Car-buying has become more seamless than ever. “Frictionless,” as the consultants like to say, thanks to modern technology – but the same tech that makes it easier than ever for customers to take a snapshot of an ID or insurance card or pay stub and get the deal done can inadvertently lead to violations of the Federal Trade Commission’s (FTC) Safeguards Rule and other privacy regulations … and those regulations have teeth.

The new data privacy guidelines that went into effect in June, 2023 allow the FTC impose penalties of more than $50,000 per day.

And those fines? They’re far from theoretical. “Dealers are being fined by the Attorneys General,” explains Tom Kilne, a compliance and risk mitigation expert who specializes in the auto industry. “Enforcement on the rise from the Consumer Financial Protection Bureau (CFPB).”

How can you make sure your staff is staying on the right side of the data privacy regulations while still doing everything they can to close the deal? Start with the basics:


FTC Safeguards Rule Overview

The FTC Safeguards Rule is a crucial component of the Gramm-Leach-Bliley Act (GLBA) that requires financial institutions, including car dealerships that provide financing or leasing services, to implement safeguards to protect customer information.

And, as before, this includes the collection, use, and sharing of personally identifiable information (PII). Violations of the Safeguards Rule can result in significant financial penalties (not to mention a boatload of bad publicity).


Problems With Personal Phones

When salespeople use their personal mobile devices to quickly communicate with customers and collect personal information, several privacy breaches can happen almost at once, including:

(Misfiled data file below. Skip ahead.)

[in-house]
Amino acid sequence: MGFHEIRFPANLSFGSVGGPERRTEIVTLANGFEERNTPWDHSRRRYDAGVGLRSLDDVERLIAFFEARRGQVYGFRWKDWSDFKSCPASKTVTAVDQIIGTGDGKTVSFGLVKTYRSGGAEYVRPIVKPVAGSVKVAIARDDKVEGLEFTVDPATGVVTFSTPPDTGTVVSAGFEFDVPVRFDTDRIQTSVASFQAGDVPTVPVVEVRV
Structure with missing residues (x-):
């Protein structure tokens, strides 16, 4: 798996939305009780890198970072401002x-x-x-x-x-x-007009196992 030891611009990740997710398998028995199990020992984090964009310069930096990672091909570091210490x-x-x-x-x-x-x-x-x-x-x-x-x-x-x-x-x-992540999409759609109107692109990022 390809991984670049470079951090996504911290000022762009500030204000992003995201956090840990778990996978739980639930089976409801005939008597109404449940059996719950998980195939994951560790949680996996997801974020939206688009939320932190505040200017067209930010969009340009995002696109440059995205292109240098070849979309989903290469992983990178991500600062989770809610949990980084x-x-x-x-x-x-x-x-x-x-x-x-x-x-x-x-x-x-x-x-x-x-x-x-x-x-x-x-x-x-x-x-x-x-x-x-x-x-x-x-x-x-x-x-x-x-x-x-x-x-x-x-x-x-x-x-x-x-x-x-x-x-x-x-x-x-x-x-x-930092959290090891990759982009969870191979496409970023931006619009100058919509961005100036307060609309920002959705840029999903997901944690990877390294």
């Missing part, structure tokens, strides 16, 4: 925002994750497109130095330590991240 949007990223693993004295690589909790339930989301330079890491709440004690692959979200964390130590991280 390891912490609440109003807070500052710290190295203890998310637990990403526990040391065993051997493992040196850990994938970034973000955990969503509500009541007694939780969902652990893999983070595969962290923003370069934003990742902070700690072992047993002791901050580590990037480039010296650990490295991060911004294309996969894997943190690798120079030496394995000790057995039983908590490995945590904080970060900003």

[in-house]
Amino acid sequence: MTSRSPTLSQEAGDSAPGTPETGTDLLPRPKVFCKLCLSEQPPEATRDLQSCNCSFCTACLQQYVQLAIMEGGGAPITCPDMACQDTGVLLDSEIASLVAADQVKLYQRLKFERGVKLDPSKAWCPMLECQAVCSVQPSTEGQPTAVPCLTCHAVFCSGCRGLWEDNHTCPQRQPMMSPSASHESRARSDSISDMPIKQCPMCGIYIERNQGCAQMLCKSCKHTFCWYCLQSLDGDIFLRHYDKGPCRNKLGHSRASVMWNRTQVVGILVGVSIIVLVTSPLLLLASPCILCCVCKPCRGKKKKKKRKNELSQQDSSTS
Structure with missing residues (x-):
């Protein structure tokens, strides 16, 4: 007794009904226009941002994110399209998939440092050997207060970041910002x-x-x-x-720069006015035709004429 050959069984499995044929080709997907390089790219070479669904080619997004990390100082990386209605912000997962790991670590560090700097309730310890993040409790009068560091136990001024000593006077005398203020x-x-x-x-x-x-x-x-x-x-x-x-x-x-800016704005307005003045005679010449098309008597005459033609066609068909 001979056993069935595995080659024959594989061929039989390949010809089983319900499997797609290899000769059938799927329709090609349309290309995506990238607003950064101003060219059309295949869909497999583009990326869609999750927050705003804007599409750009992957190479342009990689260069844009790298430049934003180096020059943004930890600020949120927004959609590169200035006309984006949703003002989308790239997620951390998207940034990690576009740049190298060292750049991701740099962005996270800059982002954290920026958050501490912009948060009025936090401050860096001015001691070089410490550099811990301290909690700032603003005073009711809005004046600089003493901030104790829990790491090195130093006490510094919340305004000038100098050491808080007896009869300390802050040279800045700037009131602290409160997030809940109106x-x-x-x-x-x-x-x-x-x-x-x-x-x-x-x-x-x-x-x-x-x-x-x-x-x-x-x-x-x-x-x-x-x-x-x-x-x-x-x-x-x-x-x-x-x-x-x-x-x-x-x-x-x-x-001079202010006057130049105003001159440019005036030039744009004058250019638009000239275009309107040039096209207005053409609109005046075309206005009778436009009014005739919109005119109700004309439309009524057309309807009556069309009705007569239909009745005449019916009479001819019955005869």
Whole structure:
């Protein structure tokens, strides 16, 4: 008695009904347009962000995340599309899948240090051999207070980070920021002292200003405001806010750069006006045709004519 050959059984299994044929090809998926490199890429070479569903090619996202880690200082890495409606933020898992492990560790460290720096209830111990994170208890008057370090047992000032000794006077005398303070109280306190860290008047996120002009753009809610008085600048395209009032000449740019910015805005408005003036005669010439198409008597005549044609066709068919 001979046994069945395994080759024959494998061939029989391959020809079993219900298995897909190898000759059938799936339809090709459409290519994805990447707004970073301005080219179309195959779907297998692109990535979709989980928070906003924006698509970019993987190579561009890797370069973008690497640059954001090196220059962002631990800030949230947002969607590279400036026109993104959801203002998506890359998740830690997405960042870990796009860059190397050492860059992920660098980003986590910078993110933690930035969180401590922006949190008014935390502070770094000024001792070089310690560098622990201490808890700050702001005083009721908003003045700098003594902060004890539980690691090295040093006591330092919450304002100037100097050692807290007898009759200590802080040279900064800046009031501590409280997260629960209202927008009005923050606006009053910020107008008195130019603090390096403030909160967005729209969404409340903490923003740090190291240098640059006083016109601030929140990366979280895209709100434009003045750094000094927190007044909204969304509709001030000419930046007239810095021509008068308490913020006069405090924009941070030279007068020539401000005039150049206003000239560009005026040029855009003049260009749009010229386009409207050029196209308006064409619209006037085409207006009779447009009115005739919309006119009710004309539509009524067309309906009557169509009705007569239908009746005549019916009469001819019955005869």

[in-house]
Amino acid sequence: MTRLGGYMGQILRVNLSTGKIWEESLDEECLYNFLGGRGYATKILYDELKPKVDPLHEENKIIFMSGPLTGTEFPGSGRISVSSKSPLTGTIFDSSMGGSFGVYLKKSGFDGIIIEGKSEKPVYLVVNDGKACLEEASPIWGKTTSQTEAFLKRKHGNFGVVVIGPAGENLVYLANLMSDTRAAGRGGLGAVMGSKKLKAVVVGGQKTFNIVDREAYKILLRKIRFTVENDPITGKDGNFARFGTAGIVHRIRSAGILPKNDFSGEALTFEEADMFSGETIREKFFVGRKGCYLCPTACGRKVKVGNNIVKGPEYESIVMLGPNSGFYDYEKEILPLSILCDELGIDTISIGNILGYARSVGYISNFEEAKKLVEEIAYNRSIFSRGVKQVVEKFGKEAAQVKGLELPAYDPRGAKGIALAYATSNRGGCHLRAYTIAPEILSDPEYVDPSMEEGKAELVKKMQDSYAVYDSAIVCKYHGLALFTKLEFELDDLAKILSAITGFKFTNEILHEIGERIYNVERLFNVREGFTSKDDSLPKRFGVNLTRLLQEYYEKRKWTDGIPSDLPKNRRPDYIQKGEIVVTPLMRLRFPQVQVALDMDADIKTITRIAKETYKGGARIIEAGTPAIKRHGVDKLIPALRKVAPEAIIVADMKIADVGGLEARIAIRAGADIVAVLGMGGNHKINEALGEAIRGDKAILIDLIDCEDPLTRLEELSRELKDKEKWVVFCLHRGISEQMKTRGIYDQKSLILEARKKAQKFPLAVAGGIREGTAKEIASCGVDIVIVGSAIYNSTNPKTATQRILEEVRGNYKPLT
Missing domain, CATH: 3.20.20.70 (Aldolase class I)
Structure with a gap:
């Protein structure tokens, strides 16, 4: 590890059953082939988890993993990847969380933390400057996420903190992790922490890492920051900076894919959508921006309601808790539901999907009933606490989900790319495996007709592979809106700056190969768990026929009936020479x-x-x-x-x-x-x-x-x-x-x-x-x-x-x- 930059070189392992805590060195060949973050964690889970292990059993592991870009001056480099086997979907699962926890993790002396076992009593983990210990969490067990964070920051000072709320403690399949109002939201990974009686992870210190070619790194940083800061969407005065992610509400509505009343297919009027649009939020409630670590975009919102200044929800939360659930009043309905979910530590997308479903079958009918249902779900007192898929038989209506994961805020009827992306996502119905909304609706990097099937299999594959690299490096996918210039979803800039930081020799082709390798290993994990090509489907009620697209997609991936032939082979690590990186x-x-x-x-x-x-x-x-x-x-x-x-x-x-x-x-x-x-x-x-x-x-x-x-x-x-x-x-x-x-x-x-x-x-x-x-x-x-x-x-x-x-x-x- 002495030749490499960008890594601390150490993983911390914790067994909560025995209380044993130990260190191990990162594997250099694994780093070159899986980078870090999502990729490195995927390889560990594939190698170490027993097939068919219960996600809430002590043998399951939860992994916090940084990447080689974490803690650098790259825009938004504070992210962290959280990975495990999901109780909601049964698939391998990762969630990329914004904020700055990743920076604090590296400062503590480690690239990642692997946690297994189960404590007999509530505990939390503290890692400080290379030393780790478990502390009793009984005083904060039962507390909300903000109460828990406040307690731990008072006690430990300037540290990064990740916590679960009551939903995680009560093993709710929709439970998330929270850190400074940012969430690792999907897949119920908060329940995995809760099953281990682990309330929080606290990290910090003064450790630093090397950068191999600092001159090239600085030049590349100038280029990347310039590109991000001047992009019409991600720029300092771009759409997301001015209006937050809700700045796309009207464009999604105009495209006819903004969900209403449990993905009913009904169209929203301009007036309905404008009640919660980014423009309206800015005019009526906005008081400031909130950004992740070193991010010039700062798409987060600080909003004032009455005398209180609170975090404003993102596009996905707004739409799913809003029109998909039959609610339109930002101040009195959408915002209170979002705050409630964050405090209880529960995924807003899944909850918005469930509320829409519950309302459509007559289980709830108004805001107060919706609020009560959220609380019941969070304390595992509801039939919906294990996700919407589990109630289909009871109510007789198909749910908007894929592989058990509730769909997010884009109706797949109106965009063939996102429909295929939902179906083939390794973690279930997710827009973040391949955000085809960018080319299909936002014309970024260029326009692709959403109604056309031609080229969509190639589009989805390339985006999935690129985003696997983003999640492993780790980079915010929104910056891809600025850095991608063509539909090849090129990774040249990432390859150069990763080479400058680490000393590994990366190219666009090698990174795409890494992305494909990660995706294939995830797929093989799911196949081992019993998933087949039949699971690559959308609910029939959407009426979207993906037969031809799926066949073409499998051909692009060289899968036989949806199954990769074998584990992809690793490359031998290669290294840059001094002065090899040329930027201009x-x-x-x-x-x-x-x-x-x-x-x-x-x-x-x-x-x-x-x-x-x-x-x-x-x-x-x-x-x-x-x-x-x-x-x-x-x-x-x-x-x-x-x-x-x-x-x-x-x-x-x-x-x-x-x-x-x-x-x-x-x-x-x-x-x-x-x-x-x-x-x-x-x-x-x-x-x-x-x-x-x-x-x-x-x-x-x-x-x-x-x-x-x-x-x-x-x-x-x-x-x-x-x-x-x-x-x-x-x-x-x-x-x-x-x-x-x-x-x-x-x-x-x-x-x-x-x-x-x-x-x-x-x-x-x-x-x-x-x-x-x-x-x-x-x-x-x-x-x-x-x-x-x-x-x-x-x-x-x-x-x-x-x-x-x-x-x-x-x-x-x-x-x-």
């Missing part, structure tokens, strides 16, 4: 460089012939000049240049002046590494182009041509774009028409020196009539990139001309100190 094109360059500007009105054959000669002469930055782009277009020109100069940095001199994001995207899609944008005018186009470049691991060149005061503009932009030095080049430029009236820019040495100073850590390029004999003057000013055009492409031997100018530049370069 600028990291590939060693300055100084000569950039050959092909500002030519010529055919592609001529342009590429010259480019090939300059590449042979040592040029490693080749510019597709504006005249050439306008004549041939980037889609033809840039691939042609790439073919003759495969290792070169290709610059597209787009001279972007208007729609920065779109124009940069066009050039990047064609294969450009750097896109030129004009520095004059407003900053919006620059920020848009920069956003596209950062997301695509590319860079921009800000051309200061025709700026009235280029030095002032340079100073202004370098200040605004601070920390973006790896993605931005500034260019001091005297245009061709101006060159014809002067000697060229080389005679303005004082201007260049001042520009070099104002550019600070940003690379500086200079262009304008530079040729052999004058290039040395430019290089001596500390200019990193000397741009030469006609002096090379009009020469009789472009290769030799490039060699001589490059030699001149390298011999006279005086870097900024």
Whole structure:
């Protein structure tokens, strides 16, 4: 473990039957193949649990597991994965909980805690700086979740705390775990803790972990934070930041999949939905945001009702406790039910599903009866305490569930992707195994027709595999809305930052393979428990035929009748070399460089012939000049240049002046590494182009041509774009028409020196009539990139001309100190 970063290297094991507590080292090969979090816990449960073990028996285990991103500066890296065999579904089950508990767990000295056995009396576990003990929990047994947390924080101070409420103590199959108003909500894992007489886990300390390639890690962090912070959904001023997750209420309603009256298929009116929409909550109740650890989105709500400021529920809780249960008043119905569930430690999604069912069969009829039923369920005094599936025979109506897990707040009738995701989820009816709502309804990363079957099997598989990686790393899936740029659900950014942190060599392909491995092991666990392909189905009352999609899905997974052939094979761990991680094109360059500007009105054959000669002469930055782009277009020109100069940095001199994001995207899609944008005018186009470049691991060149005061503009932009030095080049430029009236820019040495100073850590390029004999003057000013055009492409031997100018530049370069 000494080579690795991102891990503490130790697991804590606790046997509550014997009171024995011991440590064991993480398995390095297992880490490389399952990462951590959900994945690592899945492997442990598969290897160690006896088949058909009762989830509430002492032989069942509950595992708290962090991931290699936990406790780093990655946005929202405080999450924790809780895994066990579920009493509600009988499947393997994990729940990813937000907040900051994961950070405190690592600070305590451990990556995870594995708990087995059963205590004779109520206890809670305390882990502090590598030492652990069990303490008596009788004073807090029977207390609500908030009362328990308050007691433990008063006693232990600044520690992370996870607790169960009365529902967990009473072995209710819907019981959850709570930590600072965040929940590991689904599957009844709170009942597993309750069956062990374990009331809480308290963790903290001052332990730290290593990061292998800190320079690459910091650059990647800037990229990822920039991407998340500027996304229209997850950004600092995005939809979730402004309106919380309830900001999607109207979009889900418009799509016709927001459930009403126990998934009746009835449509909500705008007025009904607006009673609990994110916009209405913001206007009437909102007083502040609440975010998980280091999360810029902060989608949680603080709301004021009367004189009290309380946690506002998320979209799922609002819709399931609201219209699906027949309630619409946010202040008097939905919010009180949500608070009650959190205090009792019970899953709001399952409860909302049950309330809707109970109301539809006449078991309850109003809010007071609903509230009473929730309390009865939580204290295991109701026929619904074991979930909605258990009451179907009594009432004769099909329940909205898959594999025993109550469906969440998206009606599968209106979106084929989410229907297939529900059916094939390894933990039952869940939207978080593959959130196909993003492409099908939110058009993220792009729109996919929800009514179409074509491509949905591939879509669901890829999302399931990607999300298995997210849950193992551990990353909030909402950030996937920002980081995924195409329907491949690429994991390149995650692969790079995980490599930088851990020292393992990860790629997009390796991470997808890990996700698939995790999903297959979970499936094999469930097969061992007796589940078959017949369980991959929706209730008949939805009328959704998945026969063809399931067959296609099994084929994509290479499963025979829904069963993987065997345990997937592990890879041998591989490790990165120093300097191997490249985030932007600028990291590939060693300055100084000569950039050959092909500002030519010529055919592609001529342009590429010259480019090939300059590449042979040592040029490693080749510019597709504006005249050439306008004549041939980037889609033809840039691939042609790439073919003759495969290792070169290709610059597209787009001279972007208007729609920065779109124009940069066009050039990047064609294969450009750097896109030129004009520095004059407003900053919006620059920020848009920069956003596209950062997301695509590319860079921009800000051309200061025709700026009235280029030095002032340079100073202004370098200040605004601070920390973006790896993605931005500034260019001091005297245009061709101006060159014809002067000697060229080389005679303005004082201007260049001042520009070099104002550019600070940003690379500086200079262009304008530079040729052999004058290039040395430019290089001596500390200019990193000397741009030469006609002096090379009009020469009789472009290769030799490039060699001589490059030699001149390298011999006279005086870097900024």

• Lack of Encryption: Personal phones may not have the same level of encryption and security measures as company-provided devices. This increases the risk of unauthorized access and data breaches.
    • Loss of Control: Dealerships may have less control over the security measures applied to personal phones, potentially leaving customer data vulnerable.
    • Data Storage: Sensitive customer data may be stored on personal devices, raising concerns about data retention, deletion, and potential exposure if the phone is lost or stolen.

Even when salespeople are careful to delete the PII they collect on their personal phones, issues related to controlling and sharing customer data might still arise from:

    • Third-Party Apps: Salespeople might use unencrypted third-party communication apps like SMS messengers, WeChat, or Facebook to interact with customers, potentially exposing the dealership to additional security risks and data privacy violations.
    • Unintended Sharing: other apps on your sales staff’s phones might lead to the inadvertent sharing of customer data with unintended parties (example: photos taken or received of documents containing PII may be automatically “backed up,” or copied onto iCloud or Google Photos) violating privacy regulations.

Ensuring compliance with privacy regulations hinges on transparency and customer consent – and, simply put, customers can’t consent to unintentional, or even unknown data sharing.

That notion of consent is critical, and requires educating customers to they are thoroughly apprised of the utilization and sharing of their data when engaging with your store. Additionally, providing opt-out alternatives becomes imperative, empowering customers to decline the sharing of sensitive information through personal devices and opt for more secure communication avenues.


It’s Not Bad News

Embracing the modern convenience of utilizing personal phones for customer interactions within America’s car dealerships may be doing more harm than good, but it reveals a golden opportunity.

The journey toward compliance with the FTC Safeguards Rule and other privacy regulations involves a thoughtful exploration of data security, transmission, and storage strategies that, if followed, could make dealerships a champion customer data privacy. A proactive approach to compliance can shield customers from avoidable risks and also elevate their reputation.

Think of data regulations as a prescription for getting your data in order, so that you can more fully understand the true lifetime value of your customers, build more trust, and make more money … which we’ll start to explore in part 2.